Write-up 4

Exploration of a Parametric Equation

and its Extensions

by Kyungsoon Jeon and Celil Ekici

Exploration : How to Derive a Parametric Equation for a Curve





Let's begin with the discussion of the figure given above. Our aim is to obtain a parametric equation using the above presentation.

Here is the explanation of the figure given above, a dotted circle shows the previous position of a circle, and O is the initial position of a fixed point . The position of the fixed point is initially at the origin. The circle is rolling towards the negative x-axis. After the circle takes OL units on the line, the new position of the circle is given by the blue circle, and the point P denotes the new position of the point we are tracing. The tracing path of the fixed point on the circle is shown by a dark blue arc, between PO. L is the point of intersection of the later position of the circle and the line. The point C is the center of the circle. R and K are the legs of the perpendicular segments drawn from P to the segment OL and CL respectively. Finally, t denotes the angle <PCL. We are going to find the parametric equation which corresponds to the path.

Let's consider the next facts. While our fixed point is moving from the point O to the point P, how long distance does the circle move on the line?

We can observe that the length of the segment OL is equal to the length of the arc PL, since the point O came to the point P after the circle rolled OL units on the line.

this fact implies that OL has the length r t.

Can we find the arc PL in terms of the radius of the circle ? (where the radius of the circle is r) Yes, we can. The length of the arc AB is equal to rt.

If we think of the coordinates plane of x and y, the x-component of point P is equal to length of the segment OR, or x= OR which is equal to OL - RL. Now we have x = OL - RL.

From the previous discussion, we know that OL = PL. Then x = PL - RL.

We have also another equality PL = r t. Examining the trapezoid RLCP, RL = PK and PK = r sin t.


x = r t - r sin t.

Similarly, the y- component of the point P is equal to PR. It can be directly found that PR = KL. Hence, y = RP = CL - CK.

We know that the length of the segment CL is r unit, and the length of the segment CK can be found from the right triangle PCK. PC = r and the angle <PCK = t imply that r cos t.


y = r - r cos t.

Because the both equations depend on t, it is better to write the pair of parametric equations in the following way.

x(t) = r t - r sin t and y(t) = r - r cos t .

So we have derived the parametric equation of the curve defined.

Let's see the graph of the parametric equation. We can refer the next figure first. Tracing of the point on the blue circle makes the graph of the equation.

So, it will be an arch shape and the length of the arch is same with the perimeter of the blue circle with the radius r. In the following figure, as we mentioned before the blue ones are showing the equation. Then, what are the red and green figures? It is the general case of the graphs of the equation according to the Position of the tracing point. That is to say, if a point is inside of the circle, then it will be red one and if a point is outside of the circle, then it will be green one.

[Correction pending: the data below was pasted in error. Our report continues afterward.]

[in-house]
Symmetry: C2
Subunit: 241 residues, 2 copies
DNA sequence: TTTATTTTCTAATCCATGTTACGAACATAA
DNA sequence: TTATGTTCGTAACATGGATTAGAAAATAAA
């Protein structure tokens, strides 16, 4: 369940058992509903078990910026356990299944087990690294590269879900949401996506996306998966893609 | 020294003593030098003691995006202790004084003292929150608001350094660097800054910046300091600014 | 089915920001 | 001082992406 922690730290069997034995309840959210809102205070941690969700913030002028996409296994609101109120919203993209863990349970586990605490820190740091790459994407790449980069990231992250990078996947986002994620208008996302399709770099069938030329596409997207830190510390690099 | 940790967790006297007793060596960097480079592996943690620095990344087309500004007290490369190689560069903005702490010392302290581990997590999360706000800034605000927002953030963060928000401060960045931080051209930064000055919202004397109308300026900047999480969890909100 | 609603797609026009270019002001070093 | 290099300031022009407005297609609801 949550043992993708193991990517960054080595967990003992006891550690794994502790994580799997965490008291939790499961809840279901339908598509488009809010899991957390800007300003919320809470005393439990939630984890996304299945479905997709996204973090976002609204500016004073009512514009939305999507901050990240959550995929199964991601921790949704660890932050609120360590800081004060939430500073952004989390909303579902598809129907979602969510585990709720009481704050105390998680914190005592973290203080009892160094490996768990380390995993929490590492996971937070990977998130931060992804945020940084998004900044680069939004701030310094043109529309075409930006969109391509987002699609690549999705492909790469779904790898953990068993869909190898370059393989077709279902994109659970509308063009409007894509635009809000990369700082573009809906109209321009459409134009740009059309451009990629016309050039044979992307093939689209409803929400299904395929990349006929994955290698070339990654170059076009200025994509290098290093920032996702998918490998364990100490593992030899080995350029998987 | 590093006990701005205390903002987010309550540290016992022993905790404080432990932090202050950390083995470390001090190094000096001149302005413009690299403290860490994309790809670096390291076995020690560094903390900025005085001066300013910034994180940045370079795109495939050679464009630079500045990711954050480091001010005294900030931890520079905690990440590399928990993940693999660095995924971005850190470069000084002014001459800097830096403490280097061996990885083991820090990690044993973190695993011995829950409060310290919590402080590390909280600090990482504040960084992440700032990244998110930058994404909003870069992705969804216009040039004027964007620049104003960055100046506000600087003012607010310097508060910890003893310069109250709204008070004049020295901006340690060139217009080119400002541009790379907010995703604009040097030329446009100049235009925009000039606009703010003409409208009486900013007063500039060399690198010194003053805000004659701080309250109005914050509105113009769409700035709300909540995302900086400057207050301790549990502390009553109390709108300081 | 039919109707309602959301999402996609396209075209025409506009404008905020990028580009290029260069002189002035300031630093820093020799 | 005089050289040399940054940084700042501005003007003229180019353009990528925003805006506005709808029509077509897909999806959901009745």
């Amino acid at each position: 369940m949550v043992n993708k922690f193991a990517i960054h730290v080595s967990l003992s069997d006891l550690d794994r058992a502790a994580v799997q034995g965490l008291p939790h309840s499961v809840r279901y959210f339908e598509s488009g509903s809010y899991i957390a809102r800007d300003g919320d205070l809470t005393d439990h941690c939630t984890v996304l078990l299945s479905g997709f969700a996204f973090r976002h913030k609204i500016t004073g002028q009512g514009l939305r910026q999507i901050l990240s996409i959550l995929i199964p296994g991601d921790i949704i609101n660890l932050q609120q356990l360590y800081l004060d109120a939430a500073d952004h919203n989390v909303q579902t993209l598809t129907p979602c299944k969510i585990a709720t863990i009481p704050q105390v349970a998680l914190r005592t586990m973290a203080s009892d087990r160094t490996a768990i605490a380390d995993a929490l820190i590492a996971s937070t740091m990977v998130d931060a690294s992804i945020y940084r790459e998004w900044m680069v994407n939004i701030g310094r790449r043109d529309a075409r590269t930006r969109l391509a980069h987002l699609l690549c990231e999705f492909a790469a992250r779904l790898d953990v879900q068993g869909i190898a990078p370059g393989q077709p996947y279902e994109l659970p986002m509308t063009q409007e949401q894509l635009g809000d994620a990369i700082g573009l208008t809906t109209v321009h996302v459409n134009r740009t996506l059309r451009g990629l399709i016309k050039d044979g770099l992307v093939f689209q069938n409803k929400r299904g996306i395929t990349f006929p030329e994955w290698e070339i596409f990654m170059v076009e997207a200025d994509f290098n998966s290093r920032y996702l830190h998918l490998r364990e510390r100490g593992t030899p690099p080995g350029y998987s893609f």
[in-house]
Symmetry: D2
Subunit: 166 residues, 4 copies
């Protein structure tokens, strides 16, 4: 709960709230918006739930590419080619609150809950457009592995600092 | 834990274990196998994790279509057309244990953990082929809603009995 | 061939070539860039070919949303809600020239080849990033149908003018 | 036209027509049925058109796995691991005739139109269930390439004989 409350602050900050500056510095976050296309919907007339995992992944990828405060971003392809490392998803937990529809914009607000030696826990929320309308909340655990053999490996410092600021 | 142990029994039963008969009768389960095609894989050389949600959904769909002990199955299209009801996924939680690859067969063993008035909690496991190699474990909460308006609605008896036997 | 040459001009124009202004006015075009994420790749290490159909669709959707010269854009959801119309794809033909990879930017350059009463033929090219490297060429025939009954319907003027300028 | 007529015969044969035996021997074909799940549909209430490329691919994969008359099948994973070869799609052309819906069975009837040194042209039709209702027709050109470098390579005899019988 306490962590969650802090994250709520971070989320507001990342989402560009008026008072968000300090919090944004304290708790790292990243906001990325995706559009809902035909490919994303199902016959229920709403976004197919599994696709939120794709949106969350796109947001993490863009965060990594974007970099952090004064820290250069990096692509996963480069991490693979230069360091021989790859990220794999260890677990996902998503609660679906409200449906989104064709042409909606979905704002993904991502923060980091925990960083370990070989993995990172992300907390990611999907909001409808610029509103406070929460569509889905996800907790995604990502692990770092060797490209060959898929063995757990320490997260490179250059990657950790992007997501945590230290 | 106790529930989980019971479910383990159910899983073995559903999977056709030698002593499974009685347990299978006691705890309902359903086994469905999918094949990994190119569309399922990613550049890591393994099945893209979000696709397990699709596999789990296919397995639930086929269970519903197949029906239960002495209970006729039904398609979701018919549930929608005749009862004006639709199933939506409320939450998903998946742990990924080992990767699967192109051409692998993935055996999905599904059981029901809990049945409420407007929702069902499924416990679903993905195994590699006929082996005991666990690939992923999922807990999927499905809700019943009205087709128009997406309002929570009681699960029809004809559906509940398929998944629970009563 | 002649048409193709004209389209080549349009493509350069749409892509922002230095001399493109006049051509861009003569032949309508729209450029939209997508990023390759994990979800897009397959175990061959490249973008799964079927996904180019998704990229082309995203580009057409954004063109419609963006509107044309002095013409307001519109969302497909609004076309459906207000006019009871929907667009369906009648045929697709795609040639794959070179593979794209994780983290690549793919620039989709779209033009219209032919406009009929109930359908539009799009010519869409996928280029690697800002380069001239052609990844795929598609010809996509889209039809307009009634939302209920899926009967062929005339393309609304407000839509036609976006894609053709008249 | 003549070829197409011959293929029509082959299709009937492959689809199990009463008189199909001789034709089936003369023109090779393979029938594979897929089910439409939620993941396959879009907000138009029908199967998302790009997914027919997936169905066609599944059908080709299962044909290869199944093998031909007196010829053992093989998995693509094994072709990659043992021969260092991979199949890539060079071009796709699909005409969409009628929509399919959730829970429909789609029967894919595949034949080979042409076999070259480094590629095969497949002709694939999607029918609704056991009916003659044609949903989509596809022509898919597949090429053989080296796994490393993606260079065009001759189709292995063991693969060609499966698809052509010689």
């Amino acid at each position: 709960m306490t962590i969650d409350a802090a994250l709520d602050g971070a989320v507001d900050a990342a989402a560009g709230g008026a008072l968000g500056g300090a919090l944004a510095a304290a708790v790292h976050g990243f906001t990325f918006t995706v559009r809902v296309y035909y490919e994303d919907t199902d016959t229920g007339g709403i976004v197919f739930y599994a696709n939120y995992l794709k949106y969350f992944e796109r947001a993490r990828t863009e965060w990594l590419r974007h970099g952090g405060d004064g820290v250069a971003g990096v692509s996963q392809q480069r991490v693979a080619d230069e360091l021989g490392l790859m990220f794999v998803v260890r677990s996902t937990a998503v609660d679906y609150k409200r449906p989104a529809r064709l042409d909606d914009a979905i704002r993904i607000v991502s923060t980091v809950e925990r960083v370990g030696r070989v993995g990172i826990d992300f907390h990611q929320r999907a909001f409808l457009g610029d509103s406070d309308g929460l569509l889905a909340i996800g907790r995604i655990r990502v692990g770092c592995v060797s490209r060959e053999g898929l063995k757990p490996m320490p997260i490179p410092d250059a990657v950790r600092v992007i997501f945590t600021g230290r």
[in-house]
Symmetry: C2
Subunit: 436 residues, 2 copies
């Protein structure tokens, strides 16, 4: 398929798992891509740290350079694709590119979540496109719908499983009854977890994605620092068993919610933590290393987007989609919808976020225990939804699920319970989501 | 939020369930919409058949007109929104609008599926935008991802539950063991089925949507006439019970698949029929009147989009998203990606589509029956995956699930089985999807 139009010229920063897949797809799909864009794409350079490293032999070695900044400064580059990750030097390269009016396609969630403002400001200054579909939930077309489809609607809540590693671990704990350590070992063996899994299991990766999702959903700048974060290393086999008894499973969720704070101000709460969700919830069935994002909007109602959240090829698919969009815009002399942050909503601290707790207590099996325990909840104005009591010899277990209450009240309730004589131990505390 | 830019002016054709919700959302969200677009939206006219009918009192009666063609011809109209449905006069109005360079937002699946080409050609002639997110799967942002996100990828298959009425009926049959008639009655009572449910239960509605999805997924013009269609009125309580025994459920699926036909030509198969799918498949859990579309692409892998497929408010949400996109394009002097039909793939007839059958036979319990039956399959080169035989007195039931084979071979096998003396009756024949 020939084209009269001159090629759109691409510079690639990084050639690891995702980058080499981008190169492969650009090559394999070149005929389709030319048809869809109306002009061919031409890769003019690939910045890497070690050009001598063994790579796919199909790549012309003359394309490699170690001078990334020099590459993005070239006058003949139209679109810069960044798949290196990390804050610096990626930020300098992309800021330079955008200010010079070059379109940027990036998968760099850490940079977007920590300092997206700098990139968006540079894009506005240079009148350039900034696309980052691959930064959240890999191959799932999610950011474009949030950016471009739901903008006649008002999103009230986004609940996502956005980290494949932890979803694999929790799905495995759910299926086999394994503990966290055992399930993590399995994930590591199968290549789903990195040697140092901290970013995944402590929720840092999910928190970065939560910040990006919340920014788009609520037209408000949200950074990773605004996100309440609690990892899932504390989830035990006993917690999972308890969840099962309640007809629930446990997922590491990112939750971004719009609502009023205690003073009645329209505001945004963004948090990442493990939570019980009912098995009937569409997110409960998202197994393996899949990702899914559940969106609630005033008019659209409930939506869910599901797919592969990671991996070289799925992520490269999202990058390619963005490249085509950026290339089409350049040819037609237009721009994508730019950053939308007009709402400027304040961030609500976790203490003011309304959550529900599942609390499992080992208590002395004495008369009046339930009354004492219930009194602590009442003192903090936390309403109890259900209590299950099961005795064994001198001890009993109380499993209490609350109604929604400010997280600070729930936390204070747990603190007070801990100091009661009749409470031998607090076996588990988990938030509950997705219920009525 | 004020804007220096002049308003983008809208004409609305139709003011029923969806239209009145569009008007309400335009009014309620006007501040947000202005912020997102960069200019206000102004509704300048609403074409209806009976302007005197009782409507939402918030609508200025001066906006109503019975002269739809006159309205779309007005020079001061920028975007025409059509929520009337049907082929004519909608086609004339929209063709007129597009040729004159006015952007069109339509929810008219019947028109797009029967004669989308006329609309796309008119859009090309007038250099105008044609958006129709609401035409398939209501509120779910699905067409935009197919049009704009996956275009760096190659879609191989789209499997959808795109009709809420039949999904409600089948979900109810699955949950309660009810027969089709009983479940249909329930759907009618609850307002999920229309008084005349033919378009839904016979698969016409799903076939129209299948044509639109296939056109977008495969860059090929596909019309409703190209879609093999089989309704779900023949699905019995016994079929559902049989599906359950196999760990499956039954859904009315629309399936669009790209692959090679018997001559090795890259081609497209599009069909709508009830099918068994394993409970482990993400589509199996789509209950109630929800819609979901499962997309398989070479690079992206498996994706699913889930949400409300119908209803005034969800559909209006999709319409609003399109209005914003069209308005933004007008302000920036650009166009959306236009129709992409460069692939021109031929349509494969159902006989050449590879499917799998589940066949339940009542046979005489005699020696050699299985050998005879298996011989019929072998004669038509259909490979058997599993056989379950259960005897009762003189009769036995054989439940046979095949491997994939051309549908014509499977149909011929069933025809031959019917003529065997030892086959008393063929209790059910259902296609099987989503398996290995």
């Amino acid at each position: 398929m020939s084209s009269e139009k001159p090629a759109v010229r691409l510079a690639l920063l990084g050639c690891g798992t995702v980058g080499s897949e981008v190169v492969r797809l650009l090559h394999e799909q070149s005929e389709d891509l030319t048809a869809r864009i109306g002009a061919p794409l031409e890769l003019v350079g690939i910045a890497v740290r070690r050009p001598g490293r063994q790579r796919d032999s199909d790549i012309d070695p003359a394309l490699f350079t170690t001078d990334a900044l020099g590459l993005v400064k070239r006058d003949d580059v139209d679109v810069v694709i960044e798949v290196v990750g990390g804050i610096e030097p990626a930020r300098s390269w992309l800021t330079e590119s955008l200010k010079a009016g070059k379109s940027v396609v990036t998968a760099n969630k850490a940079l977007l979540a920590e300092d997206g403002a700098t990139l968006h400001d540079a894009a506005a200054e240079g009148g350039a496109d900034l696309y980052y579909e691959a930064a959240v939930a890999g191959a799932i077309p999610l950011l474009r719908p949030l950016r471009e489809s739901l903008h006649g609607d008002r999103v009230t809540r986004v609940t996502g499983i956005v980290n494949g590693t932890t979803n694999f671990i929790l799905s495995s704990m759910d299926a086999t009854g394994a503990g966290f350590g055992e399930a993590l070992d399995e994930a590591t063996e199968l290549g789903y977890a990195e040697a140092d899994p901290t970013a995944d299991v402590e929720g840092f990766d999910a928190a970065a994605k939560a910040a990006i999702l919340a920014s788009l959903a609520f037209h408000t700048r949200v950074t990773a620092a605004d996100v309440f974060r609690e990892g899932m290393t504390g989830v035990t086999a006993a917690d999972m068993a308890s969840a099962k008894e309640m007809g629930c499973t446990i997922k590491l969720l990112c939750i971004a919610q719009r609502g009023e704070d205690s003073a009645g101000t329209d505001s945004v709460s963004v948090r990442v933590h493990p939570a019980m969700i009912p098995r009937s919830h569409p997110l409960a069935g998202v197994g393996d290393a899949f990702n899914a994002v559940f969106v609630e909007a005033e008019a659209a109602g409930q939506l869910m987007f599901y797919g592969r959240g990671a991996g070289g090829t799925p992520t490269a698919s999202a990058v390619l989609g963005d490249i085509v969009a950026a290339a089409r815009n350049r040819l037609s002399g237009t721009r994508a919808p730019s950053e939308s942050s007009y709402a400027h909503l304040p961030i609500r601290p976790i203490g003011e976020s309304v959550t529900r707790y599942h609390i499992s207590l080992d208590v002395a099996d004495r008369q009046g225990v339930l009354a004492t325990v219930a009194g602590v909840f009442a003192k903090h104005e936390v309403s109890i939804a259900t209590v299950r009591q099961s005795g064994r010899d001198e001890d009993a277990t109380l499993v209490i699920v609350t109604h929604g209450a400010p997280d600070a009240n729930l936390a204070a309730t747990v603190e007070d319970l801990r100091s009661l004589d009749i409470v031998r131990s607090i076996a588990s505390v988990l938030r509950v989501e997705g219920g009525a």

The graphs are taken from GSP. OA defines the radius of the circle, C is the point of segment between the point on the circle and the center of the circle, and D is an outside point on the extension of the segment connection center and the point on the circle.

The next is another figure which shows the traces of the three points ( points on the circle, inside the circle, and outside the circle ).

Let's use another graphic program, Theorist. Theorist is one of the good graphic programs which can show the parametric function very well.

Here we need to mention " Cycloid " because the graphs which we are going to observe are cycloid. A cycloid is the locus of points of a point on a circle rolling along a line without slipping.

Let's see the types of cycloid for different radius values. We are going to use the parametric equation, x(t) = r t - r sin t and y(t) = r - r cos t .

For example, when the radius of circle is 2 then the graph is the following. The picture is from Theorist where r = 2, x = r t - r sin t, and y = r - r cos t.

Let's discuss the role of t. Since t is between -[[pi]] and [[pi]], the graph does not show the whole of two half circles. Let's change the range of t into between -2[[pi]] and 2[[pi]]. See the next graph.

There is another thing that we need to talk about. In the above figure, the graph goes up to near 8 on y -axis since the graph is animated for r = 0 ... 4. What if we change the range of r into r = 0 ... 2. See the next graph.

As we can see on the above the graph goes up to near 4 on the y-axis then starts to go down.

Let's think of deriving another parametric equation for the other curve which was mentioned above. If we have an attached point to the rolling circle not on the circumference but at the distance b from the center, the curve obtained from the trace of that point is called a trochoid. The following figure shows the case for b>a and b<a.

The equation is the modified version of the previous one. The parametric equation of green or red path (trochoids) is x(t)= a t - b sin t and y(t)= a - b cos t. Here b should replaced by b' in the case of red path..

So far we have examined the many interesting things of the parametric function x = r t - r sin t, and y = r - r cos t with GSP and Theorist. They are kinds of extension of the parametric function x = r t - r sin t, and y = r - r cos t which we could derived in the first phase of this paper. Knowing various facts of a function will be able to an inspiration for students to improve their disposition to do mathematics.

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